EDITOR'S NOTE: Larry Case's "Gun & Cornbread" column is moving to Sundays in the Times Free Press.
I did a pretty cool and unusual thing this morning. I applied for a license to take an elk this fall.
The season is a quota hunt, and there will be a drawing for the five tags for antlered bull elk only. Now, folks, you know your humble outdoors scribe is nothing if not realistic. I do not expect to draw one of these coveted tags, no way, but if I do, I will then go out and buy several dozen Powerball lottery tickets — because I will figure I am on a run of phenomenal good luck.
What's great about all this is that you can apply for a chance to hunt elk here east of the Big Muddy in at least three states: Virginia, Kentucky and Pennsylvania.
Along with the wild turkey, the elk is one of the greatest conservation success stories of the past century. For many of us in the hunting and fishing world, elk have always been a symbol of the wilderness. As kids we dreamed of hunting them in the Rocky Mountains, hearing the bugle of bull elk in the high meadows and packing out our kill on the horses in a pack train. Many of the hunters I know have done that, often at great expense, on guided or do-it-yourself hunts in the western states.
The elk is an animal that drew us out of our eastern woodlands world, and we could dream of tracking them in the western boondocks.
West Virginia has joined other eastern states with an active elk reintroduction. Kentucky, as you may know, has a very successful elk program, with a thriving population of them in the eastern part of the state. Twenty years ago, did we think we would ever have elk in the coal field area of Kentucky, West Virginia, and southwest Virginia?
No, I don't think most of us did. It is a modern conservation success story, to say the least.
I don't want to leave out our friends in Pennsylvania. They have an active elk program and a lottery drawing and hunting season on elk that is much more liberal than Virginia, and I would say second to Kentucky in that regard. (I'm going to apply for that license as well.)
The Virginia Department of Wildlife Resources website tells us its elk hunt for the 2022–2023 season is Oct. 18-14 of this year. There are five antlered elk tags available for this year's hunt via lottery. The application period for the elk lottery opened Tuesday and will close March 30. Applications for a special elk hunting license can be obtained online on the Virginia DWR website or by calling their customer service line for assistance in applying via phone.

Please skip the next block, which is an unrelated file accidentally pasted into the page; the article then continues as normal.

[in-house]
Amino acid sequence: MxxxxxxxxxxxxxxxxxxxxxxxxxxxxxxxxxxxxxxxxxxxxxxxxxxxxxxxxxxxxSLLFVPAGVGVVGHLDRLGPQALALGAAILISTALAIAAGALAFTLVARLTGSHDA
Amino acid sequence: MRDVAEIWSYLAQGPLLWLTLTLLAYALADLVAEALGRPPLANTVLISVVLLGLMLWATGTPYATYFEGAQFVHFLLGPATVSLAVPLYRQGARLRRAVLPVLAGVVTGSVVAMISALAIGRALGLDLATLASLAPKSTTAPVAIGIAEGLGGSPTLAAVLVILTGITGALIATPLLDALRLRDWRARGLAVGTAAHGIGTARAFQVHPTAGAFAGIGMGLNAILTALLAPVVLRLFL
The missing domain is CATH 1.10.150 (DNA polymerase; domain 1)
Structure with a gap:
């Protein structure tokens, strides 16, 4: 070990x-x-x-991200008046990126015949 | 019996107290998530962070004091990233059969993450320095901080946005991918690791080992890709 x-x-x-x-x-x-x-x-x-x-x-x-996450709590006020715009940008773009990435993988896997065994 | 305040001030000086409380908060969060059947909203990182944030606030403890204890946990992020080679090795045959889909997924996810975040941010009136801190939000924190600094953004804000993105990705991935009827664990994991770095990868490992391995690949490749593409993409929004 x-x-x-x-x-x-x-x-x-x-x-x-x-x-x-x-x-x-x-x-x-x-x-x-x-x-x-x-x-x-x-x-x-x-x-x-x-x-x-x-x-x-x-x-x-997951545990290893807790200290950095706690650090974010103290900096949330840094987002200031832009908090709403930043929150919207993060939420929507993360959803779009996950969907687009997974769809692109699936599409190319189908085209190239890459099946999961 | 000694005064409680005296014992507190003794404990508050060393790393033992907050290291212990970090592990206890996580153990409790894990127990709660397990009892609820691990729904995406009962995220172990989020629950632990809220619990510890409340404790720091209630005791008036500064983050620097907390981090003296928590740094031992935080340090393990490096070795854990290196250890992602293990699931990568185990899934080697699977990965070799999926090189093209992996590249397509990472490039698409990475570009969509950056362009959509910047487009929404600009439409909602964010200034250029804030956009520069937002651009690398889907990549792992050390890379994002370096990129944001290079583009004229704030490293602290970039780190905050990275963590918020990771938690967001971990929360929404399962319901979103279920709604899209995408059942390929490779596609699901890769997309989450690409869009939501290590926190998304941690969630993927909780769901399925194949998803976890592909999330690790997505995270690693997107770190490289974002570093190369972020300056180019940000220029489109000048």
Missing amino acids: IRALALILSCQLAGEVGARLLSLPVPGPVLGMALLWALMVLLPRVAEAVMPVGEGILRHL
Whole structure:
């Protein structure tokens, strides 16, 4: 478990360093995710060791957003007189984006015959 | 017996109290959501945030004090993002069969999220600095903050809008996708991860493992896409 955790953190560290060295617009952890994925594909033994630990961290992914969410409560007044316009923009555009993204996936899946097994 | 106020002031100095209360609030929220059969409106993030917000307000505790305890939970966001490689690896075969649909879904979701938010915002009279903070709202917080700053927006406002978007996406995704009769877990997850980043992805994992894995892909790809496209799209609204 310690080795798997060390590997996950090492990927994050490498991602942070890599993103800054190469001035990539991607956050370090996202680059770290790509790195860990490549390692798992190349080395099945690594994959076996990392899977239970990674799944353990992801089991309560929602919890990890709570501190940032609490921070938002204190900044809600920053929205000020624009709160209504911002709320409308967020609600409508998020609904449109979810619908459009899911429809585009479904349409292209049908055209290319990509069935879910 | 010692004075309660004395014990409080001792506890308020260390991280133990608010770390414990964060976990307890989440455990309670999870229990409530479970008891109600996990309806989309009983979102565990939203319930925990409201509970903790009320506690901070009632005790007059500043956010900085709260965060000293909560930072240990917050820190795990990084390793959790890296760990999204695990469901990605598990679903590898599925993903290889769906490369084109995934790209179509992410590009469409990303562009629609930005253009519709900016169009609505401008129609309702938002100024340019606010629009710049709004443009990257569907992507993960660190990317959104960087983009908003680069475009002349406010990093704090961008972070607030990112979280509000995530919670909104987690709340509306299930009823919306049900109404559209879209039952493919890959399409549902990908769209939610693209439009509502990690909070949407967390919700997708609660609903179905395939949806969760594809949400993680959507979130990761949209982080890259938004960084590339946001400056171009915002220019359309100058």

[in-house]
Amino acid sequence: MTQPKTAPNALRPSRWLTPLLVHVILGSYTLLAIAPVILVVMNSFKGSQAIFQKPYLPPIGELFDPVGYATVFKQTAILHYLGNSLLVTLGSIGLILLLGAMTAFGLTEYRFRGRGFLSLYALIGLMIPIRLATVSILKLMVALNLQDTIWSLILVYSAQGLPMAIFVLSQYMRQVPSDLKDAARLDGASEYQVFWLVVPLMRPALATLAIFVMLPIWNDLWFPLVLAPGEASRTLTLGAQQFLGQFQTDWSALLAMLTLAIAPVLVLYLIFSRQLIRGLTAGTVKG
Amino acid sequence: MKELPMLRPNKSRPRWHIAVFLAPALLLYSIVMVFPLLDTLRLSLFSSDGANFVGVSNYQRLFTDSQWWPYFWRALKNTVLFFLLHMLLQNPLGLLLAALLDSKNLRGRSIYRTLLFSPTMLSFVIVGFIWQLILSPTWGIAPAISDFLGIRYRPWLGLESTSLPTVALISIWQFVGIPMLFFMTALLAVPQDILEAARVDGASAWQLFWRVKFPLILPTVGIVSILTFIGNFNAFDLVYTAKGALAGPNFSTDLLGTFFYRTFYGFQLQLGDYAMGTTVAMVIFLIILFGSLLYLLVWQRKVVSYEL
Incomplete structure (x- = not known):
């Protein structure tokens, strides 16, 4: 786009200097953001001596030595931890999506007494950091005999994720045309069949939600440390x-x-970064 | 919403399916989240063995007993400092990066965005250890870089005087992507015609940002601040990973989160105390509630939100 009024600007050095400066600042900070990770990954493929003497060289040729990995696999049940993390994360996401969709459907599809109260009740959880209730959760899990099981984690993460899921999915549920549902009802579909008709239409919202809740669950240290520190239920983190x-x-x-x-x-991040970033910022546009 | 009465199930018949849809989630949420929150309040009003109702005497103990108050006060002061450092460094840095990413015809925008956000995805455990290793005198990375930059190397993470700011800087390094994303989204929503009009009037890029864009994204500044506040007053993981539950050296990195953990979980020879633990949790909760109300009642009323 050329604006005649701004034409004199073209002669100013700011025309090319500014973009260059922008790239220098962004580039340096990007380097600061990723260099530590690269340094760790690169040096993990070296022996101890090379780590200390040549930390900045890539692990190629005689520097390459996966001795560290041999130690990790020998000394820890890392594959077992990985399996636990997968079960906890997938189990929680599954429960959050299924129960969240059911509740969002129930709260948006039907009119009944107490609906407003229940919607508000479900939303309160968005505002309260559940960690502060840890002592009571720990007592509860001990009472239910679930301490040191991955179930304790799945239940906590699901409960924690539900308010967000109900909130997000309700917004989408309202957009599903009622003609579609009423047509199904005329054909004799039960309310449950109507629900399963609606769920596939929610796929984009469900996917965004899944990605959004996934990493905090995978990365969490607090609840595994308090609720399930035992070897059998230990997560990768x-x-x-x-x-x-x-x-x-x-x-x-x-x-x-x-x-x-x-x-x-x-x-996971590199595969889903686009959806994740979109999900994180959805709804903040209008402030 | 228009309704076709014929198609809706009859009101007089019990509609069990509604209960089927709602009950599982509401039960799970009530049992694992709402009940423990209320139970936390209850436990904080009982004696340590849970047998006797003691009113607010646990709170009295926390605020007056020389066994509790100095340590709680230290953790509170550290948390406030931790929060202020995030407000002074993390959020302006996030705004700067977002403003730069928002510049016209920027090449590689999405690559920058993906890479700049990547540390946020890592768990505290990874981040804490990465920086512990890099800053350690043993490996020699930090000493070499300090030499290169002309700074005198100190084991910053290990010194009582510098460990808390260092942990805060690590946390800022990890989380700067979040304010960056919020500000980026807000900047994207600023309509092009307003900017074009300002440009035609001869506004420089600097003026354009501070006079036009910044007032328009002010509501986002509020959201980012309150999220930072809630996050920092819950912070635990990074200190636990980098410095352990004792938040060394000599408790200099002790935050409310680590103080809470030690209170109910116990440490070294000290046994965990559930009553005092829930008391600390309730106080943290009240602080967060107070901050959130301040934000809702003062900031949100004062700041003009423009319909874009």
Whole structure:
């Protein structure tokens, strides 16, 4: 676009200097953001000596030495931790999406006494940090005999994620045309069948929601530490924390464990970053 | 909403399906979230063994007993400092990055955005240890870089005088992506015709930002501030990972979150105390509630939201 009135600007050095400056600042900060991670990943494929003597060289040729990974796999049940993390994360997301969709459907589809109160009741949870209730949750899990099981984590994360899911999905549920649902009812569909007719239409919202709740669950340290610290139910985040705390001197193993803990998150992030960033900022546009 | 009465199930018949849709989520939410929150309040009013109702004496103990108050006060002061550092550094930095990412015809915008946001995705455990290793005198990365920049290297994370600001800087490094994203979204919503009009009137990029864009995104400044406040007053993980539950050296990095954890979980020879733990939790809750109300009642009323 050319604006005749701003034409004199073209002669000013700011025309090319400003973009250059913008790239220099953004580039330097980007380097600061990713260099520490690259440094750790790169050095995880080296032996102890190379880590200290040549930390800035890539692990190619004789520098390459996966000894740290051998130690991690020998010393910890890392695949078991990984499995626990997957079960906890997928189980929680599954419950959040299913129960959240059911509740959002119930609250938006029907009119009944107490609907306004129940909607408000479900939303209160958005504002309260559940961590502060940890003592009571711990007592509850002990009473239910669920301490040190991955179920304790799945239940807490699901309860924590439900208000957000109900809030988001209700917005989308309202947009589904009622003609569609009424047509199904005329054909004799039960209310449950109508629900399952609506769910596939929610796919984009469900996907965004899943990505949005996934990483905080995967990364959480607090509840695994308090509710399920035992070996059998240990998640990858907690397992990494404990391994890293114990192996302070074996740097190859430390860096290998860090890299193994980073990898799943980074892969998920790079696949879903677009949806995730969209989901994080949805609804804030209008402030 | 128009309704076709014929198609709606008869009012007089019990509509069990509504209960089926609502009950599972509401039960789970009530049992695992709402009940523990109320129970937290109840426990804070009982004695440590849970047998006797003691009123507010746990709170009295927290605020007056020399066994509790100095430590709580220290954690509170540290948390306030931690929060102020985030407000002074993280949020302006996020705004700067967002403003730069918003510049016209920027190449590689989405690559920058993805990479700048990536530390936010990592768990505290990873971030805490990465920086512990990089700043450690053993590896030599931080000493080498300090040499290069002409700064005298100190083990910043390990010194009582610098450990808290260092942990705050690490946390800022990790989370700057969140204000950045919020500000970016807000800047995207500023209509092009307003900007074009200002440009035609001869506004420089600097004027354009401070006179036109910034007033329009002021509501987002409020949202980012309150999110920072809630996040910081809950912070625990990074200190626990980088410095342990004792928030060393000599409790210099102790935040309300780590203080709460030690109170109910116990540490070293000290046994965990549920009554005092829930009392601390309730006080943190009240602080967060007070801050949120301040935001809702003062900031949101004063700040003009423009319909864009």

Applications require a nonrefundable fee of $15 for Virginia residents and $20 for those from out of state. Winners of the elk hunting application will then need to purchase a special elk hunting license ($40 for residents, $400 for out of state). Winners of the randomized computer drawing will be notified by May 30, although you can also check the status of your application by visiting the DWR's website.
Once awarded a special elk hunting license, applicants will have 30 days from notification to purchase the license. Licenses that are not purchased by the deadline will be awarded to alternate hunters who will be drawn concurrently with the original hunters. Alternates will not be announced or notified unless they become eligible to purchase a special elk hunting license. Elk hunters ages 15 and younger or holders of an apprentice hunting license must be accompanied by and directly supervised by an adult who has a valid Virginia hunting license or is exempt from purchasing a hunting license. All applicants who are drawn for a Virginia special elk hunting license must read and acknowledge the "Elk Hunting Considerations" prior to beginning their hunt.
DWR has many partnerships and agreements with private landowners in its elk management zone that will allow public access for elk hunting. Check back in the coming months for more details on specific properties, maps, acreages, etc.
Even though I don't really expect to draw an elk tag east of the Big Muddy, I can dream. You can, too: The elk drawings in Kentucky, Pennsylvania and Virginia are open to residents of these states as well as those of us who live elsewhere.
Oh, in case you didn't know, elk are delicious. Remember what Bear Claw Chris Lapp said in the movie "Jeremiah Johnson": "Can't figure all those people down below eating hog when they could be feeding on elk."
"Guns & Cornbread" is written by Larry Case, who lives in Fayette County, W.Va. You can write to him at email@example.com.